DIY: Quick Way To Spruce Up A Light Switch Cover

Light switch covers are, let’s face it, BORING. More often than not they are a solid white or cream color and doesn’t do much aesthetically other than cover those ugly wires with something a little less ugly. Never fear though! Ladies (and gents) – get your crafty hats on because there are plenty of easy ways to spruce up those light switch covers to add a simple pop of pizazz to any room.

Here’s what you’ll need:

  • Mod Podge (Recipe Below)
  • Decorative Paper – this can be any type of paper you want, newspaper, scrapbook paper, a page from a comic book or magazine, even fabric…whatever you want that will obviously go with the color and theme of your room.
  • Light Switch cover – you can remove the ones you currently have on your wall so you can custom decorate them.
  • A little roller, preferably plastic, but it has to be durable and small.
  • Paint Brush – about a centimeter in width.

How to make Mod Podge:

  • 8 ounces of washable white glue
  • 1 15+ ounce clean and dry container with lid
  • 4 ounces of water (half as much water as glue)

Simply empty the glue into the container, add the water, put the lid on, and shake well.

To make it gloss, add 2 tablespoons of water based varnish or to make it sparkle add super fine glitter.

If you want to buy the mod podge, you will have noticed fairly quickly that there are many types – this Mod Podge Formula Guide gives an awesome break down of the different formulas: . However, if you need to use a lot of mod podge then the homemade version will be cheaper and work just as great.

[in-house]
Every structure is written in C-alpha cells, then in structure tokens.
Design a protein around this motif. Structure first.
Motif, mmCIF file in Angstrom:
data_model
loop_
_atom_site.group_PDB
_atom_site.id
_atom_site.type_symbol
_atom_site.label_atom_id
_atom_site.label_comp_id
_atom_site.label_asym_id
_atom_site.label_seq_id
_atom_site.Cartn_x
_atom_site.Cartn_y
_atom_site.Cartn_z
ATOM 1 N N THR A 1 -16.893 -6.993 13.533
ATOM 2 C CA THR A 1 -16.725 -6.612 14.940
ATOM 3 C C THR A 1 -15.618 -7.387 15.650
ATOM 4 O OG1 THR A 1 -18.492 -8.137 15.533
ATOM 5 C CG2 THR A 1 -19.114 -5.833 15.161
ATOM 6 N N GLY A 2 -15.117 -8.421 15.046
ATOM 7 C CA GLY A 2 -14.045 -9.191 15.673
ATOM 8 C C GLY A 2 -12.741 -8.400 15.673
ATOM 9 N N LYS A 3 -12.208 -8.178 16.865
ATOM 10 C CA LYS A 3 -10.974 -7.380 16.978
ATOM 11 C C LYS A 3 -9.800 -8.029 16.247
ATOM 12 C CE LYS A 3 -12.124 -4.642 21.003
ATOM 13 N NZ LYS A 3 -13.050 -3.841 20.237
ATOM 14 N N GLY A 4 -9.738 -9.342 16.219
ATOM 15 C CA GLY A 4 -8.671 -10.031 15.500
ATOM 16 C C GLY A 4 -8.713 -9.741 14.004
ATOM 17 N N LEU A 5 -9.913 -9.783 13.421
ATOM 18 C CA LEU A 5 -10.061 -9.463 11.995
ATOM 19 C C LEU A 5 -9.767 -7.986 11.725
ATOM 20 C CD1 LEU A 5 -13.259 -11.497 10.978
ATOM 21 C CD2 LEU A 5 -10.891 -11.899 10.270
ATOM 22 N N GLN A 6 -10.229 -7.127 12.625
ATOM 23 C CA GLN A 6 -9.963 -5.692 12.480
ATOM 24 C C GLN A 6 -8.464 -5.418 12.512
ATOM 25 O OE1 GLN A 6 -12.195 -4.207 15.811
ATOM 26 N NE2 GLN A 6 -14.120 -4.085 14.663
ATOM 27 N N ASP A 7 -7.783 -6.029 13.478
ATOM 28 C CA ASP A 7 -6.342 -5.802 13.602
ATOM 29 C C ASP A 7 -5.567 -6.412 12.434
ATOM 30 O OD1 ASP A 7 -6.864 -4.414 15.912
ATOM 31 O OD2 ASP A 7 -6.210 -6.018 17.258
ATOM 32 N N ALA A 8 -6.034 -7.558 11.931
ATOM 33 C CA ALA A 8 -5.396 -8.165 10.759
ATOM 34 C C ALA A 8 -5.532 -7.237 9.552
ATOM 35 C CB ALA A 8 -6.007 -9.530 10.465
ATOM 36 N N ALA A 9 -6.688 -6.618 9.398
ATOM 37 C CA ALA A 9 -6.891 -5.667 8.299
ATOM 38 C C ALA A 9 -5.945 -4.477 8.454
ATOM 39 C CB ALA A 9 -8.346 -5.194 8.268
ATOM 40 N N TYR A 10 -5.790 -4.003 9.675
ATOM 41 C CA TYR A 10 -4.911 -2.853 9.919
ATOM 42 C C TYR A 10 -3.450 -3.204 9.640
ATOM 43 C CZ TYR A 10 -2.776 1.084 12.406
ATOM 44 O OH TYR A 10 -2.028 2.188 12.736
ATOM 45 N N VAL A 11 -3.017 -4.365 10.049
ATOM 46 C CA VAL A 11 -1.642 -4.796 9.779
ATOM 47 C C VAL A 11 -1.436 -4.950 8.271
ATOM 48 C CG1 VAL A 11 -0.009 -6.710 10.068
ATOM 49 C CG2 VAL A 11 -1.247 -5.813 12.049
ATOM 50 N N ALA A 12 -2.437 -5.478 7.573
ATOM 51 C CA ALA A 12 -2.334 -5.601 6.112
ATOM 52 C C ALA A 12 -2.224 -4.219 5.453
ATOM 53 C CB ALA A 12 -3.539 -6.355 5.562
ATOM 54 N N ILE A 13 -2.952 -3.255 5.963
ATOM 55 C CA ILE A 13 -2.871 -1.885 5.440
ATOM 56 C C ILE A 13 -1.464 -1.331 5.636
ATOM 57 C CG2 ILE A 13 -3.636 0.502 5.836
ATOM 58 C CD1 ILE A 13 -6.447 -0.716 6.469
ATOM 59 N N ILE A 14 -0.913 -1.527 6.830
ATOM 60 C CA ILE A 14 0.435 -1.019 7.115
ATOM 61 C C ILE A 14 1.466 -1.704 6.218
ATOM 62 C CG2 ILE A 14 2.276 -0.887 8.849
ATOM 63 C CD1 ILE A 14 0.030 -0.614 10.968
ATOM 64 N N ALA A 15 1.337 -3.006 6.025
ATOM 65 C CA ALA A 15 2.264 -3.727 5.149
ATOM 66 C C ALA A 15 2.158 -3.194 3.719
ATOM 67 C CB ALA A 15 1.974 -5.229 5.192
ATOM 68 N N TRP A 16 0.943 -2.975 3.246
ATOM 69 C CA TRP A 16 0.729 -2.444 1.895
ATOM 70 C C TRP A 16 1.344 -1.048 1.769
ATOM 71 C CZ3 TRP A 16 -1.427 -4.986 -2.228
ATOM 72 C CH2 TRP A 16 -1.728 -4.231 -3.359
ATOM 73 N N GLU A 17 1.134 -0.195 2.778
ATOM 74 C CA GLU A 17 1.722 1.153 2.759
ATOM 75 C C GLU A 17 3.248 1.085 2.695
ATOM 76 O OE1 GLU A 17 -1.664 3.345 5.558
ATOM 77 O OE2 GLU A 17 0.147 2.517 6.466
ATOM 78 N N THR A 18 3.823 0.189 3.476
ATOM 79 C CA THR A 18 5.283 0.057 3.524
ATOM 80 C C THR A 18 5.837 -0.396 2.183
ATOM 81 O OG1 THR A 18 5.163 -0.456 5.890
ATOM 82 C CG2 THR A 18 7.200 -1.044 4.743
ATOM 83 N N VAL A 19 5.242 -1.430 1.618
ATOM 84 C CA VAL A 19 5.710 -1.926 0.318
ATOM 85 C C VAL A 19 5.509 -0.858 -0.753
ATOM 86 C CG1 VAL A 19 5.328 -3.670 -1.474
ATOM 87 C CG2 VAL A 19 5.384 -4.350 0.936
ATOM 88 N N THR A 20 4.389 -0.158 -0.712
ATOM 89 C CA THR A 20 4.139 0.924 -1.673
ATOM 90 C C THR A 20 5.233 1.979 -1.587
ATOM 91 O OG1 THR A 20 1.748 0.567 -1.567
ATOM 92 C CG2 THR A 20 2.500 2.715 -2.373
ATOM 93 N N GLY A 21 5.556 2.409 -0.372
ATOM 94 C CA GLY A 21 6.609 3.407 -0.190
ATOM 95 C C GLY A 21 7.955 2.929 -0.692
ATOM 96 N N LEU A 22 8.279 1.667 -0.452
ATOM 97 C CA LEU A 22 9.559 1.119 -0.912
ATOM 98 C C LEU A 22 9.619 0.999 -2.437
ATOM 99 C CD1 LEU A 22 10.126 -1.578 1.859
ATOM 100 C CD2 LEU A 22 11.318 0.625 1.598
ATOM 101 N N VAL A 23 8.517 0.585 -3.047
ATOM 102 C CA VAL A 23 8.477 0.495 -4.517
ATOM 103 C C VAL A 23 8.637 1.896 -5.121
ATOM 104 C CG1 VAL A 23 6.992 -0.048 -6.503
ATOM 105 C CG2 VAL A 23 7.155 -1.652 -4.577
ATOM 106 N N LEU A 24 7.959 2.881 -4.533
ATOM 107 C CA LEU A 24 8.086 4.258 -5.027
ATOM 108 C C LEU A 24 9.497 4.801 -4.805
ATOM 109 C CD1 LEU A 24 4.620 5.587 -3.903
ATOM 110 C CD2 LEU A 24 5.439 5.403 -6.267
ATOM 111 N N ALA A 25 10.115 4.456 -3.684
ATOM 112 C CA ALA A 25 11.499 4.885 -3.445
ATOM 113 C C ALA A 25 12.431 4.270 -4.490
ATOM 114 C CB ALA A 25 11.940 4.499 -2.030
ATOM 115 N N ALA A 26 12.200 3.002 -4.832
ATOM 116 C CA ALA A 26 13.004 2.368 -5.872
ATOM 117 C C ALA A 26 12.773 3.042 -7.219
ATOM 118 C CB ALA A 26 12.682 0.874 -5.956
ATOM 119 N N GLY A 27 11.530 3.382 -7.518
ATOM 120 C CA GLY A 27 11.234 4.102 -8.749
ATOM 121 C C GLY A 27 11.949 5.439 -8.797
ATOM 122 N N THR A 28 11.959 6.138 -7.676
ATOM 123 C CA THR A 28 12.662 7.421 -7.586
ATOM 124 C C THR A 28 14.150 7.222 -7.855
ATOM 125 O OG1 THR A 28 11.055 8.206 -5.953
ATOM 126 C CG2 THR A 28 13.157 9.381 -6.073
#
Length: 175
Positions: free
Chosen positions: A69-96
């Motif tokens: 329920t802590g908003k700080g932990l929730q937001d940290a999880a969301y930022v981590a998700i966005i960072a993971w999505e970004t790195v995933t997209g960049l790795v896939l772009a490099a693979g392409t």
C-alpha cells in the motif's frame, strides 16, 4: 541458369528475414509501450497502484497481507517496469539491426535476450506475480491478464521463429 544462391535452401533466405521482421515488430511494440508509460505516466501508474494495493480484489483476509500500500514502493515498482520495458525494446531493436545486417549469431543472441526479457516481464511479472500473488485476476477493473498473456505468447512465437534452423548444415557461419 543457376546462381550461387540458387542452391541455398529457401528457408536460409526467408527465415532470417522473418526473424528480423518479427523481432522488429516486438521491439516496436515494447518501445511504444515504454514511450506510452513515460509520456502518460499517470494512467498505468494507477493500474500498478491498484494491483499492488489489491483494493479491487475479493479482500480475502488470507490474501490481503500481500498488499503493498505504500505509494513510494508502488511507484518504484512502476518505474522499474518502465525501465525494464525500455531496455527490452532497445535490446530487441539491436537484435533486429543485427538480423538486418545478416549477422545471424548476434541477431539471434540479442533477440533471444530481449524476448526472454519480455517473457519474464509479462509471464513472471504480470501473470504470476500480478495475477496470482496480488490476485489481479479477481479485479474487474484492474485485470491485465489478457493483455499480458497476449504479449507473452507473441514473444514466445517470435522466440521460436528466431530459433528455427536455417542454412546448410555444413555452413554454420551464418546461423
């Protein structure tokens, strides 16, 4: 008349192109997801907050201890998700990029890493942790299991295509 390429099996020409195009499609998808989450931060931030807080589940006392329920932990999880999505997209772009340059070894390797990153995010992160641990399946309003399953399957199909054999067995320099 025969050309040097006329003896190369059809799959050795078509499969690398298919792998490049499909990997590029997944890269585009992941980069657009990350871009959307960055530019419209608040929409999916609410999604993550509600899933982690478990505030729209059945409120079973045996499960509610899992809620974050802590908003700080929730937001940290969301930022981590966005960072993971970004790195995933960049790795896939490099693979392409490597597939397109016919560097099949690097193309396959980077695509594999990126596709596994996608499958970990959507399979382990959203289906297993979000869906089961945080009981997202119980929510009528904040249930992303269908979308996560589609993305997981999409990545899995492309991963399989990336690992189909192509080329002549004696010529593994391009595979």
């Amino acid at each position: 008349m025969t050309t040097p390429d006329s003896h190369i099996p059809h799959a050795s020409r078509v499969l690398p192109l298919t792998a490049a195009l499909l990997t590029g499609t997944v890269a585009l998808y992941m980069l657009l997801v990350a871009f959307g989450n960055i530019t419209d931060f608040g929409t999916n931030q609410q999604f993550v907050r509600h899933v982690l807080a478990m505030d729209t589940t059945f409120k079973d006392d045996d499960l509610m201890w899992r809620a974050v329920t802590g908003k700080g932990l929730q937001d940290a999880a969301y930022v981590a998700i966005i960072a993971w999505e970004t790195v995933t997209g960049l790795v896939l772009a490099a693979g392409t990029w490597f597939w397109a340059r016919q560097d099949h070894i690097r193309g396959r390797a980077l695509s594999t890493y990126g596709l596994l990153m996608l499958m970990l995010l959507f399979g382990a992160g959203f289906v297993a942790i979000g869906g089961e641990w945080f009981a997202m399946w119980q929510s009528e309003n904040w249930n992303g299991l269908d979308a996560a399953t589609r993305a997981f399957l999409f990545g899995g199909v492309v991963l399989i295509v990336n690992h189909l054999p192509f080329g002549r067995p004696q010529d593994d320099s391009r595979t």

OKAY – now onto the fun part! So once you have removed the light switch cover, clean them off but make sure they are dry and set to the side.

Step one:

Prepare your paper or other item that you want to put on the light switch cover by flattening it out. Please note that fabric must be cleaned (without fabric softener) and ironed. To protect your table or work surface – placing wax paper underneath will help. Cut the item you are using down to a size that is slightly bigger than the light switch cover by about one or two centimeters.

Step Two:

If your paper has the design you want only on one side, brush the paper with the mod podge solution with the design face down. Brush on the mod podge generously but not too much. There should be a decent layer of mod podge over the paper.

Step Three:

Place the paper on the light switch cover – your design will now be on top and I cannot stress enough: smooth, smooth, smooth, smooth and smooth some more. This is where the roller or a flat edged object may come in handy to get rid of any bubbles. Roll and press and roll and press ‘til you can’t roll and press anymore. Be careful not to scratch the paper which may result in tears or weird lines. Then let it dry.

Step Four:

Once it has dried completely, turn it over so you are now looking at the back of the light switch cover and your design in face down. Cut a small square out of each corner so you can fold the edges of the paper or fabric over the edge of the switch. Add a little more Mod Podge if necessary, and make sure there are no bubbles and the paper is tightly and firmly place on the light switch cover.

Step Five:

Add a thin protective layer of mod podge over the top of the entire paper (even the paper that is inside the light switch cover) with a sponge or flat brush that you used to apply the mod podge in the first place.

Step Six:

Cut out the center hole and screw holes where the switch and screws go as best as you can. There is really no one way to do this. I feel that it is best to cut out as much of the center hole as you can and put a very tiny amount of mod podge over the “rough” areas that can be pushed into the inside of the light switch cover.

Step Seven:

Let it dry completely and reattach to the wall – VIOLA! Your new and self improved light switch covers.

Now, that wasn’t rocket science was it? Have fun and I bet you are ready to mod podge everything in the house now, right?

This article was written by Catriona McBain, freelance writer who is currently employed by Supreme Electric & Solar in Dallas, Texas.

Posted in DIY